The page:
Oil Prices Crashes To $45.85 Per Barrel, As Nigeria’s Production Soars

Yemisi Izuora

There are palpable fears among countries whose revenues depend largely on oil, like Nigeria as oil prices fell to seven-month lows today after news of increases in supply by several key producers, a trend which has undermined attempts by OPEC and other producers to support the market through reduced output.

Benchmark Brent dropped $1.06 to a low of $45.85 a barrel, its weakest since November 18, just before OPEC and other producers agreed to cut output by 1.8 million barrels per day (bpd) for six months from January.

The U.S. crude oil futures contract for July, which was due to expire later today fell 98 cents to a low of $43.22, its lowest since Nov. 14, before recovering to around $43.30.

Both benchmarks are down more than 15 percent since late May when OPEC, Russia and other producers extended their limits on production until the end of March 2018.

“Recent data points are not encouraging,” Morgan Stanley analysts said in a research note. “Identifiable oil inventories – both crude and product in the OECD, China and selected other non-OECD countries – increased at a rate of (about) 1 (million bpd) in Q1.”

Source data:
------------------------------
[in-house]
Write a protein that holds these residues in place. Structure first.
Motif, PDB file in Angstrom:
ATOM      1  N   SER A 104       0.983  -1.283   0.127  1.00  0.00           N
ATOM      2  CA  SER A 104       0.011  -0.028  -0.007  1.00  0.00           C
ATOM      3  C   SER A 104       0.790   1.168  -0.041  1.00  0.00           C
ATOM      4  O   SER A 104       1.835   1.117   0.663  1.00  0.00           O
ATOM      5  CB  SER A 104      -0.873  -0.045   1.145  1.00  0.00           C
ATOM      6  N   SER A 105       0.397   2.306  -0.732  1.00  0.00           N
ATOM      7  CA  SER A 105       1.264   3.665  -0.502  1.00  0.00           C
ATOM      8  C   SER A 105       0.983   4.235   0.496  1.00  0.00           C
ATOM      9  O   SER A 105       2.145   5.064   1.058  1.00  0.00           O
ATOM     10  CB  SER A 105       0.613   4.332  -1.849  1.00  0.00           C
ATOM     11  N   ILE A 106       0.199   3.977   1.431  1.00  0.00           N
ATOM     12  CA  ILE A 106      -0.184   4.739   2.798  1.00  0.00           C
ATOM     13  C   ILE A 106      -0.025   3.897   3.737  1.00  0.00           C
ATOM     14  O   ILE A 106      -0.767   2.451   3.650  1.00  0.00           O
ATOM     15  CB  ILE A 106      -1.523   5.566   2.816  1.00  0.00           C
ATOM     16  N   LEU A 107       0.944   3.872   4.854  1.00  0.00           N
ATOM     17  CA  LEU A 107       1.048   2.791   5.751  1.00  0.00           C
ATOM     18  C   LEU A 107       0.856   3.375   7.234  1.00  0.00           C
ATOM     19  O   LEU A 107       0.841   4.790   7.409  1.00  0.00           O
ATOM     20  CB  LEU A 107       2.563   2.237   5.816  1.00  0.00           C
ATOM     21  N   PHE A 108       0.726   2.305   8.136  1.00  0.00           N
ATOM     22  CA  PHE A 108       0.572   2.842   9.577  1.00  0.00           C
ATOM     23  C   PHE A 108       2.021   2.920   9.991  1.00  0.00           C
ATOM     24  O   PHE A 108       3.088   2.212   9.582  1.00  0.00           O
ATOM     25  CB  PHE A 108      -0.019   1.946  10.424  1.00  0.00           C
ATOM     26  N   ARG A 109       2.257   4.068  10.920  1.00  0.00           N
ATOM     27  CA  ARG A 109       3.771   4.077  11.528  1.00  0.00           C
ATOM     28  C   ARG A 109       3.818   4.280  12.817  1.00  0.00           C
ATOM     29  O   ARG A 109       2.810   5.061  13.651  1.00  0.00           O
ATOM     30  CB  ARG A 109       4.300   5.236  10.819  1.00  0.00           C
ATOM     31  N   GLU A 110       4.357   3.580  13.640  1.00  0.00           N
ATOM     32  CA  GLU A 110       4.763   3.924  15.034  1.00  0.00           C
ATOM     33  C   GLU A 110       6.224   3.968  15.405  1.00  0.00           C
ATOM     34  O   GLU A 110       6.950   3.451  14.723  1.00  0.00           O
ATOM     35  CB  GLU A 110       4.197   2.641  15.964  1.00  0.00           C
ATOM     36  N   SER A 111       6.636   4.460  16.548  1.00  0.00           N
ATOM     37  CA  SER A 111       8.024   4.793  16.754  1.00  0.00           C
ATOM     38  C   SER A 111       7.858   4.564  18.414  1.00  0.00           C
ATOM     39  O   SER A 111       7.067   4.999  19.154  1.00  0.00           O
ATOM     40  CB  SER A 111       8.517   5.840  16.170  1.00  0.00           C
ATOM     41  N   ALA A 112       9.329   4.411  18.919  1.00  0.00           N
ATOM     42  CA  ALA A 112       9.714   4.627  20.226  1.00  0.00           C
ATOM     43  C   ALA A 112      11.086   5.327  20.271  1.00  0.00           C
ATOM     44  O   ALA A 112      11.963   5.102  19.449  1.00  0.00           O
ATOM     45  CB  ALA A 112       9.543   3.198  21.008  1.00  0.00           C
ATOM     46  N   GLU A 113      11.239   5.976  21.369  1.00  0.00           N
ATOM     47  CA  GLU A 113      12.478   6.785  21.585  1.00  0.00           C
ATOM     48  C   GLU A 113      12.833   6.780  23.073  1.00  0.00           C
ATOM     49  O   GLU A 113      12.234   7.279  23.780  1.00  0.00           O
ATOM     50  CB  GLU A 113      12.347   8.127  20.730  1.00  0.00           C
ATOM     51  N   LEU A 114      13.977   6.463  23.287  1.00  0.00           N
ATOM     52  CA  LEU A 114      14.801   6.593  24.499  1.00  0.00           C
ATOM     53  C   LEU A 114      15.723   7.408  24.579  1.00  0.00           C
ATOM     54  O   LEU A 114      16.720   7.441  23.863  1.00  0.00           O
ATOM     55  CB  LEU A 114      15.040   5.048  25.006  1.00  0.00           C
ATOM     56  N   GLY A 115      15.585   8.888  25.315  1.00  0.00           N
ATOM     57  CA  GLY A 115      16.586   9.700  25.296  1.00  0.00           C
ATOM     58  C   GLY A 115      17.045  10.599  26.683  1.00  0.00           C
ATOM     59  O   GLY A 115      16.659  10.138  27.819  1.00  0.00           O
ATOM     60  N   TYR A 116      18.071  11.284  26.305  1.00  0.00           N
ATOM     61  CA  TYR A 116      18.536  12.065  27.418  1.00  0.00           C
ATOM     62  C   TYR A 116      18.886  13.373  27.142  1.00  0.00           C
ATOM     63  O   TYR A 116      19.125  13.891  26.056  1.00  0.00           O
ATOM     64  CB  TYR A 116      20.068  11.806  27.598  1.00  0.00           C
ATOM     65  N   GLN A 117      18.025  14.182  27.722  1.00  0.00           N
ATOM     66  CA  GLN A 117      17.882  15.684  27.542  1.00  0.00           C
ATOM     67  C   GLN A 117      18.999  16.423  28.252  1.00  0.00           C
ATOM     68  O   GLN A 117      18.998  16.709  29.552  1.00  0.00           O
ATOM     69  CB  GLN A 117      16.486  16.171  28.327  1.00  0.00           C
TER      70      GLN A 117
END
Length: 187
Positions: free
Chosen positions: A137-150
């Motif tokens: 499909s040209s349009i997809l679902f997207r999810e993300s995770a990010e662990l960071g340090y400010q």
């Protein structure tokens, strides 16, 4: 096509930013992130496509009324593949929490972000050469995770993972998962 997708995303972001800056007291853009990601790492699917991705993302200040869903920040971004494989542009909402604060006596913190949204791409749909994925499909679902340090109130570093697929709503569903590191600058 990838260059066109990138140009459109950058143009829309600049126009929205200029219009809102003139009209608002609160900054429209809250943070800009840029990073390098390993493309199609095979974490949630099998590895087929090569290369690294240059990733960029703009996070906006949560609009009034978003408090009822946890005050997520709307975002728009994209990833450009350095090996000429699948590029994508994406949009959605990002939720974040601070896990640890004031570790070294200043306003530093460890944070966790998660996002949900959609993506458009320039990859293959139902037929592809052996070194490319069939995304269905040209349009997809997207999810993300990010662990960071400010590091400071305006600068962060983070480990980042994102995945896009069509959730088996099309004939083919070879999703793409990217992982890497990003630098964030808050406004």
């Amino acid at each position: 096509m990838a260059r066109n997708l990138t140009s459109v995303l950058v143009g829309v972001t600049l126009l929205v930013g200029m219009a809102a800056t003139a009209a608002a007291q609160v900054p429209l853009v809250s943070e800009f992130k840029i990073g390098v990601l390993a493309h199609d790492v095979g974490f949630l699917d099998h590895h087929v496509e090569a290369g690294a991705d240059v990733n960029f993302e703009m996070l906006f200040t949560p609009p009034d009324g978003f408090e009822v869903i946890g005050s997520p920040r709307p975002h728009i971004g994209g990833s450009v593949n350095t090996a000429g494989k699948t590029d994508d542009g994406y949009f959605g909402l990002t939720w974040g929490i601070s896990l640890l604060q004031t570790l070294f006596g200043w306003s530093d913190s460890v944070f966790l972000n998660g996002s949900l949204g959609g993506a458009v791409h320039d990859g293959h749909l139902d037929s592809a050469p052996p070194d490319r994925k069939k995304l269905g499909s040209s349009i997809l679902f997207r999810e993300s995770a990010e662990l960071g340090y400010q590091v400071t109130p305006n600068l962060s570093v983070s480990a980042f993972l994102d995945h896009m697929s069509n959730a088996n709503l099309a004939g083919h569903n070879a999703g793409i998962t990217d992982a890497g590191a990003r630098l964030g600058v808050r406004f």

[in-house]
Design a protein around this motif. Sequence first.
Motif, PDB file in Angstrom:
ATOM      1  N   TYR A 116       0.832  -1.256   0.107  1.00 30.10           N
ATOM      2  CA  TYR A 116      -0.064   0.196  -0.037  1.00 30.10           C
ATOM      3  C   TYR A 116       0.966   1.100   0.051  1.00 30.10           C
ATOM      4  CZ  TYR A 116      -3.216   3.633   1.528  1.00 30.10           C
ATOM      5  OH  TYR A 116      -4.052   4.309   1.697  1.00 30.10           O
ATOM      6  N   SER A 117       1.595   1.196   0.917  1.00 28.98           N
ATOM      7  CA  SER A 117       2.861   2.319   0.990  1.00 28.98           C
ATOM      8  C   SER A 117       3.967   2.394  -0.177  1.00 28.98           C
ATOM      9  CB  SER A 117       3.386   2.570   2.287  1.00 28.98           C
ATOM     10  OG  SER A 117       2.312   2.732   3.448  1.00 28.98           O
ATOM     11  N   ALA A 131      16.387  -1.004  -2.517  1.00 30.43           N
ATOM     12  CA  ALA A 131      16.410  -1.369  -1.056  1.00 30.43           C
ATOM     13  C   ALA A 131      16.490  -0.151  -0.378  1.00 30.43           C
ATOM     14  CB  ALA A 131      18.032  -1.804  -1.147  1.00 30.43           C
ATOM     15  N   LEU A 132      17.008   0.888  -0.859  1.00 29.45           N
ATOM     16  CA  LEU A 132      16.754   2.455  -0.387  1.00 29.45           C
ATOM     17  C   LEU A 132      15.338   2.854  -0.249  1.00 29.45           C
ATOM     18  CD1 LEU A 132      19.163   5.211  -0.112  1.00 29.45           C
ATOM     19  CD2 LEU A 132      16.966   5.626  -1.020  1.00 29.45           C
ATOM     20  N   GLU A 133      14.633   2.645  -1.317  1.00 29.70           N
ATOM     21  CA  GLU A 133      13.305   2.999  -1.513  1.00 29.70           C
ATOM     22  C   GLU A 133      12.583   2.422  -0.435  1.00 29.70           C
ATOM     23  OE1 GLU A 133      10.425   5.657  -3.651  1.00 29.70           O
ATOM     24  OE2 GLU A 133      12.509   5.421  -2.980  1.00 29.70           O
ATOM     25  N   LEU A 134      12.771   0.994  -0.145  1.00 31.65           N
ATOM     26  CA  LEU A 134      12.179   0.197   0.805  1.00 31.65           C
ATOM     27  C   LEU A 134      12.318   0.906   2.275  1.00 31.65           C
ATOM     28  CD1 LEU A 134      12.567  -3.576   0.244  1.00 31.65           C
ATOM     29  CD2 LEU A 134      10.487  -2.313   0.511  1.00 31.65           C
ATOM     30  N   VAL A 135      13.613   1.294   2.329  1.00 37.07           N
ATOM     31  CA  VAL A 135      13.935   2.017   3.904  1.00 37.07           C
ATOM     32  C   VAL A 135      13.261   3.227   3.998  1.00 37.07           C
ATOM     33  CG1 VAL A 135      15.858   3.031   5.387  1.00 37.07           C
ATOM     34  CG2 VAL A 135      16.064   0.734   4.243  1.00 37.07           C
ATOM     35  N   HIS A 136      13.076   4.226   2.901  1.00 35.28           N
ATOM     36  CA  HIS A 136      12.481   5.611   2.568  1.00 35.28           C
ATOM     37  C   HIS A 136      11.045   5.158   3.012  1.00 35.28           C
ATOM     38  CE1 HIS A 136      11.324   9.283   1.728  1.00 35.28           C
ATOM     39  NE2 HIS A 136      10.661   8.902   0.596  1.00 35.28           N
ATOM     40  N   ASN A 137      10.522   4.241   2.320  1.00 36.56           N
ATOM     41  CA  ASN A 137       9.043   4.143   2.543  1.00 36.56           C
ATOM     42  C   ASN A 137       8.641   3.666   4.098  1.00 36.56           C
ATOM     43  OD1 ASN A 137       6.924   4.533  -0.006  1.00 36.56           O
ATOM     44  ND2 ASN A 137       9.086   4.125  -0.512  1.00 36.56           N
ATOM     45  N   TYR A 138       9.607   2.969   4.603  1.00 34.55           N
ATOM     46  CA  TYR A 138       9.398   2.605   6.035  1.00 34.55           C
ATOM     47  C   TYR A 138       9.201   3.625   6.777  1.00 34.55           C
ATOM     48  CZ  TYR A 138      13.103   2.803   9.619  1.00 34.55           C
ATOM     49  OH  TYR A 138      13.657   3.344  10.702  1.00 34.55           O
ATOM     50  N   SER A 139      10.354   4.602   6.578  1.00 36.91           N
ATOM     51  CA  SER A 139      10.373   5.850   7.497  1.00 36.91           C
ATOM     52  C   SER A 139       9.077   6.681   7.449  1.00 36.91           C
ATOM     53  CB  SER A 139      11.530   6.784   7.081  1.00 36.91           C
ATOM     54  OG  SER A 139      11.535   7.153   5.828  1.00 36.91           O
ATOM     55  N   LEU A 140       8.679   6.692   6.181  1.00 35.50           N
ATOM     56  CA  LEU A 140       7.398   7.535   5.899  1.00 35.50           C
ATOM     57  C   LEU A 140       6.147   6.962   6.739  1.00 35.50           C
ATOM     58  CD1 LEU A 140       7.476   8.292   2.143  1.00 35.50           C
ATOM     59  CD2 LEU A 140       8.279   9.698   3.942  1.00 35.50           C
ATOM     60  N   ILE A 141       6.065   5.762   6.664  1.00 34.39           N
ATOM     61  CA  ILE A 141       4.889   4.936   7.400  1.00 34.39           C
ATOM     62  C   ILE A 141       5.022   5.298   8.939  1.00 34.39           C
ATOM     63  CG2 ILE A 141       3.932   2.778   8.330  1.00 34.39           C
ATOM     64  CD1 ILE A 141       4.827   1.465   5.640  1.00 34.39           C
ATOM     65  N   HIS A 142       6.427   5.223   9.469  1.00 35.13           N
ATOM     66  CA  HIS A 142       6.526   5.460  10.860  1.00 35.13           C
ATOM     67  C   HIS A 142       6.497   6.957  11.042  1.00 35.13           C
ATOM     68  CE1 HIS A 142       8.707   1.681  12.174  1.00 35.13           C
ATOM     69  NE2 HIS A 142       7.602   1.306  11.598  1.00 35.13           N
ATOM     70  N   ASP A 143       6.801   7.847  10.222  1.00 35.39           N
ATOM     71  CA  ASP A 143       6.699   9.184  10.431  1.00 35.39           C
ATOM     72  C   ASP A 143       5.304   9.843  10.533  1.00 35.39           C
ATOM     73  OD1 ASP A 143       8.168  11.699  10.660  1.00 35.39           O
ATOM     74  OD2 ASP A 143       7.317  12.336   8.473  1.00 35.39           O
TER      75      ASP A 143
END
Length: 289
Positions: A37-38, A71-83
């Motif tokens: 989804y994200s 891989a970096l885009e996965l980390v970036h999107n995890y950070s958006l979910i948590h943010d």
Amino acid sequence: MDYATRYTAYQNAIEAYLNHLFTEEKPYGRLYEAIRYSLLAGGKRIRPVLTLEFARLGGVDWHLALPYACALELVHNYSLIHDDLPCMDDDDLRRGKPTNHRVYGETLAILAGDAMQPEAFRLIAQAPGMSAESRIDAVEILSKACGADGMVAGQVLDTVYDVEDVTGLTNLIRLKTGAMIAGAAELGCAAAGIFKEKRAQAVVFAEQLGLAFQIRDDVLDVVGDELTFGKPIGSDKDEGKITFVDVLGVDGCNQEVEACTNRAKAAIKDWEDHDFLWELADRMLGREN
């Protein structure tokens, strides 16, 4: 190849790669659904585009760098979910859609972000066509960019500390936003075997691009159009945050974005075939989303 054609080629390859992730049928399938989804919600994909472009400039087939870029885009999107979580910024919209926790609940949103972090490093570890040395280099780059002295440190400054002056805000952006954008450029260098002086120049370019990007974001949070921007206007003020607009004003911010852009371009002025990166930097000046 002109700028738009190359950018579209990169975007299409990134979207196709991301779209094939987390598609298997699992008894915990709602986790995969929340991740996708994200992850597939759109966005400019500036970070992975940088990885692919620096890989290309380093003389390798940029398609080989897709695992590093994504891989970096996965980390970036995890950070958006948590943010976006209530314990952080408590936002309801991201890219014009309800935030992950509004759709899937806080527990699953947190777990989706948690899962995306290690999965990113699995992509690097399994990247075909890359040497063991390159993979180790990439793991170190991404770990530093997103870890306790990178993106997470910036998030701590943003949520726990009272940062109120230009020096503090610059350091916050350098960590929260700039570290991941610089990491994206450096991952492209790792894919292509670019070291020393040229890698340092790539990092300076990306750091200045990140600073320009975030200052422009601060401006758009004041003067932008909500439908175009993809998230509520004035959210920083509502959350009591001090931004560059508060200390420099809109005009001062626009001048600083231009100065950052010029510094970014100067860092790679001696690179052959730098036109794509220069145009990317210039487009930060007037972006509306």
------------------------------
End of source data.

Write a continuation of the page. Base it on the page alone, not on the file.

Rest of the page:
OPEC supplies jumped in May as output recovered in Libya and Nigeria, two countries exempt from the production reduction agreement.

Libya’s oil production rose more than 50,000 bpd to 885,000 bpd after the state oil company settled a dispute with Germany’s Wintershall, a Libyan source told Reuters.

Nigerian oil supply is also rising, industry figures show. Exports of Nigeria’s benchmark Bonny Light crude oil are set to reach 226,000 bpd in August, up from 164,000 bpd in July, loading programmes show.

“The increasing August export programme in Nigeria and the jump in Libyan oil output should pressure oil prices further in the short term,” said Tamas Varga, senior analyst at London brokerage PVM Oil Associates.

“If we get bearish U.S. oil statistics this week, we could see a test of $45 on Brent,” Varga said.

However, Saudi Energy Minister Khalid al-Falih said the oil market is heading in the right direction and just needs time to rebalance, the London-based newspaper Asharq al-Awsat reported.

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